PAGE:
It seems to me simply wrong to ascribe the bile of flocks of angry commenters that appear on any site that tackles contentious topics to the blogger himself. You can criticize him or her for not deleting them and providing a platform to hate (Ann Althouse's readers routinely mock me for having HIV, for example, and she does nothing) but you can't criticize someone for attracting such creatures on the internet - let alone convict him of the same views. To further convict him on the basis of anti-Semitic emails sent entirely independently of him to a third party - and to describe them as "Stephen Walt's Mailbag" when in fact, it's Jeffrey Goldberg's in-tray - strikes me as deeply unfair. But that's what my colleague Jeffrey Goldberg has done with Stephen Walt in his latest post. He has every right to lambaste Walt for things he writes and has written (although I think "Jew-baiter" is an ugly and absurd excess) - but this guilt-by-association is perverse. As Walt notes,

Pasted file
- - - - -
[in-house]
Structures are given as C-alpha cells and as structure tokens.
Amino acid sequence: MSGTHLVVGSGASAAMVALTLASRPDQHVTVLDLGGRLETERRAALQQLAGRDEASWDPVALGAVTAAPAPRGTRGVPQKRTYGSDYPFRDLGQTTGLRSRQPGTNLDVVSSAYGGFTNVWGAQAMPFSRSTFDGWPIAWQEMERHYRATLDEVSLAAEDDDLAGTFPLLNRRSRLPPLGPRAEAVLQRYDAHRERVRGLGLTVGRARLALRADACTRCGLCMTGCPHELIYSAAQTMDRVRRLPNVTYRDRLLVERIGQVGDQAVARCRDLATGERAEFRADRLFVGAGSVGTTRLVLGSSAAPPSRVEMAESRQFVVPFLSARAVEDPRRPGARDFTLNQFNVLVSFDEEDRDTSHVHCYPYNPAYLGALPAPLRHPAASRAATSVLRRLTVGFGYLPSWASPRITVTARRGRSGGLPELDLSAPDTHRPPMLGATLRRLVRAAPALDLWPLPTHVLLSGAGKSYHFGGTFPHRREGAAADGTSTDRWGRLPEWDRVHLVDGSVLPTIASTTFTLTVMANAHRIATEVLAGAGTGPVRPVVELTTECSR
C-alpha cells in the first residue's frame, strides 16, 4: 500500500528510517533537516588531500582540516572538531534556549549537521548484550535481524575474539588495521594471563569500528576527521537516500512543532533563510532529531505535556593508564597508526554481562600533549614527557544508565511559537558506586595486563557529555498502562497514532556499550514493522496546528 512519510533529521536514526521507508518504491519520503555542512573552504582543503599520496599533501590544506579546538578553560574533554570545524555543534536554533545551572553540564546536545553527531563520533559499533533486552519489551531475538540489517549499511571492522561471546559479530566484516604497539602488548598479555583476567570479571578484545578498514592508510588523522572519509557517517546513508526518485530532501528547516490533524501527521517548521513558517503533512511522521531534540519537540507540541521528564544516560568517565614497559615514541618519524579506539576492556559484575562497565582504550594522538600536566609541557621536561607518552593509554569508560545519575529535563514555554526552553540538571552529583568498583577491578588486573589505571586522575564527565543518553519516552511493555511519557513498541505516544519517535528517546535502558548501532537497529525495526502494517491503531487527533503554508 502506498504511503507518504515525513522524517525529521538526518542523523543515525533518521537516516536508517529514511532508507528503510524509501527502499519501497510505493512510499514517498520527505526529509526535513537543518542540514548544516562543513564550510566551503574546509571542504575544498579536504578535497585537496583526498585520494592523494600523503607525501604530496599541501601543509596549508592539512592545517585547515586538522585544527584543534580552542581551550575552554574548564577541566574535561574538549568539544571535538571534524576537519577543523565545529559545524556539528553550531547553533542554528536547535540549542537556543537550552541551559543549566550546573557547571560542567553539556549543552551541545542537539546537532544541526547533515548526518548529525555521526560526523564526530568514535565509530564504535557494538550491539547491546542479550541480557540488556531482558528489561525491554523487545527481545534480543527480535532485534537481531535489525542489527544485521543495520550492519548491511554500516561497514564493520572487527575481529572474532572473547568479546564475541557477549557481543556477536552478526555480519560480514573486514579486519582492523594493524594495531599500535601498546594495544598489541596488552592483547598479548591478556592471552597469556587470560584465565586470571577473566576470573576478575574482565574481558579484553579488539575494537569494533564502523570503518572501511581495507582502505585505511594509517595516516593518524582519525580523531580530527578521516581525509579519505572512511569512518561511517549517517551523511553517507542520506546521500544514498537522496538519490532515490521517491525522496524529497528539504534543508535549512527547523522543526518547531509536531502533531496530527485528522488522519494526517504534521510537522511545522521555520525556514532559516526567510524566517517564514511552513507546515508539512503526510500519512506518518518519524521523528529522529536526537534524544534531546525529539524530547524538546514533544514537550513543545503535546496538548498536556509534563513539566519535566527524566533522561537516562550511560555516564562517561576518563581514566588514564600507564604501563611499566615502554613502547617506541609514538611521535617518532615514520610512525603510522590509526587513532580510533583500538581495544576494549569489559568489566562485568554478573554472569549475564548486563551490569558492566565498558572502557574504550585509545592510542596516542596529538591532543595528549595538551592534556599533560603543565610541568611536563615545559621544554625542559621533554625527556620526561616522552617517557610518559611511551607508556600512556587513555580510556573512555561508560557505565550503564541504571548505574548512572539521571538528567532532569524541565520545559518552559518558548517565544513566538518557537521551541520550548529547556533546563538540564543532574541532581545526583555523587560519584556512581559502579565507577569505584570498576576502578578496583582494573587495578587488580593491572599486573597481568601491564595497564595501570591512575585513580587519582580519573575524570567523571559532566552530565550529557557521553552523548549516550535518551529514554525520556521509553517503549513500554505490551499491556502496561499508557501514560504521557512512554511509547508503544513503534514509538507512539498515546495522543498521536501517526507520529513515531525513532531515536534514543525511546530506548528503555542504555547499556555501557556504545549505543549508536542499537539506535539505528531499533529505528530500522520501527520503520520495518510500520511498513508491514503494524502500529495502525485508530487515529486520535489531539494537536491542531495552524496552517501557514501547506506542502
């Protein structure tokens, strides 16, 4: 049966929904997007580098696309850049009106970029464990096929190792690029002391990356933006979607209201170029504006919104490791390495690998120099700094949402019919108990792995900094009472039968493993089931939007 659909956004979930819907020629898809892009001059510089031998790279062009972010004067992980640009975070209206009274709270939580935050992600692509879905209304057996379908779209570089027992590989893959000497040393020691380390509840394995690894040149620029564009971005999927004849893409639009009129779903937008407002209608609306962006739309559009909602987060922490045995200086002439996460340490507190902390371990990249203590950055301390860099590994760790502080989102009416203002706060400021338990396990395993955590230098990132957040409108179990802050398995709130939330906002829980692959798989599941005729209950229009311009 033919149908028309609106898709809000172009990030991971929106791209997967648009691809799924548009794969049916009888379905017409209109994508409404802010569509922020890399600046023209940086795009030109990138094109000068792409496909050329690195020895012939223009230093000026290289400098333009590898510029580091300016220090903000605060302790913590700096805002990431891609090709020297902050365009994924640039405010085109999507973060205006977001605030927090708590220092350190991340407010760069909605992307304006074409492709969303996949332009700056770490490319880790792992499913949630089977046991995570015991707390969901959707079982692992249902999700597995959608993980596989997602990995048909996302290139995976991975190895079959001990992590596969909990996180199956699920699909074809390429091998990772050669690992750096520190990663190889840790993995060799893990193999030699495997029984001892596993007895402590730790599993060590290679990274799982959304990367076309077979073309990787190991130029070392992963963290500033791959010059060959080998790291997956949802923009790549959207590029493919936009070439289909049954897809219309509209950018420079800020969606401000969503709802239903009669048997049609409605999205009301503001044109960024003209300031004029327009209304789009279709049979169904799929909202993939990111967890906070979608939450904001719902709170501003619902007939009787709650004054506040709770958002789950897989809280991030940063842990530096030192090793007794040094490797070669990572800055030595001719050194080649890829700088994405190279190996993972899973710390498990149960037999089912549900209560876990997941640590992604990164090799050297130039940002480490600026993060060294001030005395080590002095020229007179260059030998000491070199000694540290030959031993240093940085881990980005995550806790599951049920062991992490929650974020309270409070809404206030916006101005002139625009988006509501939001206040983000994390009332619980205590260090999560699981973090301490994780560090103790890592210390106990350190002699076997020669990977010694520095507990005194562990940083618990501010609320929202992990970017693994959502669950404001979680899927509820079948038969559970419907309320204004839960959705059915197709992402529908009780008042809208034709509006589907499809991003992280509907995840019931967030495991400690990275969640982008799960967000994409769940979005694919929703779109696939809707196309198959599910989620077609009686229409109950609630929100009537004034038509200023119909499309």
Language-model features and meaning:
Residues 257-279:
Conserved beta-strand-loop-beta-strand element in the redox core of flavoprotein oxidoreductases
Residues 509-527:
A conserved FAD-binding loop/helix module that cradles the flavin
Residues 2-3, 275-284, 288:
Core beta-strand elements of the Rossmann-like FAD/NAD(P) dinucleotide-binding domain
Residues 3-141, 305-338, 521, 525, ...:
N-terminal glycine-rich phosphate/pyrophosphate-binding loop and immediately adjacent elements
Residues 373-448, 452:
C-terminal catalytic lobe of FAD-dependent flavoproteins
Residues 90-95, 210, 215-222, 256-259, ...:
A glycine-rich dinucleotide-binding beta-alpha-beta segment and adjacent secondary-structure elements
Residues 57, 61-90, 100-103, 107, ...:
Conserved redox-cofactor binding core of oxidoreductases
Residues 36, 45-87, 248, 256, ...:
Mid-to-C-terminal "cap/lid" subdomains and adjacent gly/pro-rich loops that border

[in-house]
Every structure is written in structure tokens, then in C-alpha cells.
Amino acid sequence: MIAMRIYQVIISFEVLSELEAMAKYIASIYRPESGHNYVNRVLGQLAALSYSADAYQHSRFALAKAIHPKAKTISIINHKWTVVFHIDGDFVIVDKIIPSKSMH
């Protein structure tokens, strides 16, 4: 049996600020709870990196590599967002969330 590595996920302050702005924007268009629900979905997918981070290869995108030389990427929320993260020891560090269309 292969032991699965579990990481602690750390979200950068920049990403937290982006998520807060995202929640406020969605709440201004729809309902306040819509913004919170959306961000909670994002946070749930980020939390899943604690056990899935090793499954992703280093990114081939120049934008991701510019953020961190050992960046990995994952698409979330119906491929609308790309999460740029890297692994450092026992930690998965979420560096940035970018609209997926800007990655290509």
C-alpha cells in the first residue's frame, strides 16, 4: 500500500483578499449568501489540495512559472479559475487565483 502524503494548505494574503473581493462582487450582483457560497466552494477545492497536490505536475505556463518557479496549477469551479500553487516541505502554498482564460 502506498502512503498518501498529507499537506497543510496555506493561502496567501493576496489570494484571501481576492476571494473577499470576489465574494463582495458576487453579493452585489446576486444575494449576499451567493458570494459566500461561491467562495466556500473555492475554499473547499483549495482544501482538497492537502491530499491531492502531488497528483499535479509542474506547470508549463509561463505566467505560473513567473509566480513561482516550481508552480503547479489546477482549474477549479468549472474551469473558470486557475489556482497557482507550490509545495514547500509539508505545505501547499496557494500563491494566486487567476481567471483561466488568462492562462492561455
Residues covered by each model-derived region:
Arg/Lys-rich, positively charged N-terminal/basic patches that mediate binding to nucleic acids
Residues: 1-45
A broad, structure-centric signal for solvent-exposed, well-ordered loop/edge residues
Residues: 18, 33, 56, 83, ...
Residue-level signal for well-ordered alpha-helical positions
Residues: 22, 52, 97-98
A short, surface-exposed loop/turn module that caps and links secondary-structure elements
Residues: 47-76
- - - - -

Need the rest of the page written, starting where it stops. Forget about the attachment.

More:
If we judge bloggers not by what they write but by what some of their readers write in response, we would be giving opponents of those bloggers an easy way to discredit them. If you don't like what a particular blogger says, write an anonymous comment praising him or her, add some bigoted statements of your own, and then send Smith an anonymous email and tell him to check out the comments thread. Voila!
It also violates a core Internet etiquette - and seems remarkably defensive - not to link to a post you criticize.
And if raising questions about Israel's policies inflames anti-Semitism (and how can it not among the fever swamps of hate out there?), should that therefore prevent us from airing such questions? The chilling implications of this kind of argument are profound - and inimical to free discourse. Look: I know it's awful to read bigoted emails. And relatively new bloggers may be unused to the routine bile. But you need to accept it as part of a new media with no filters.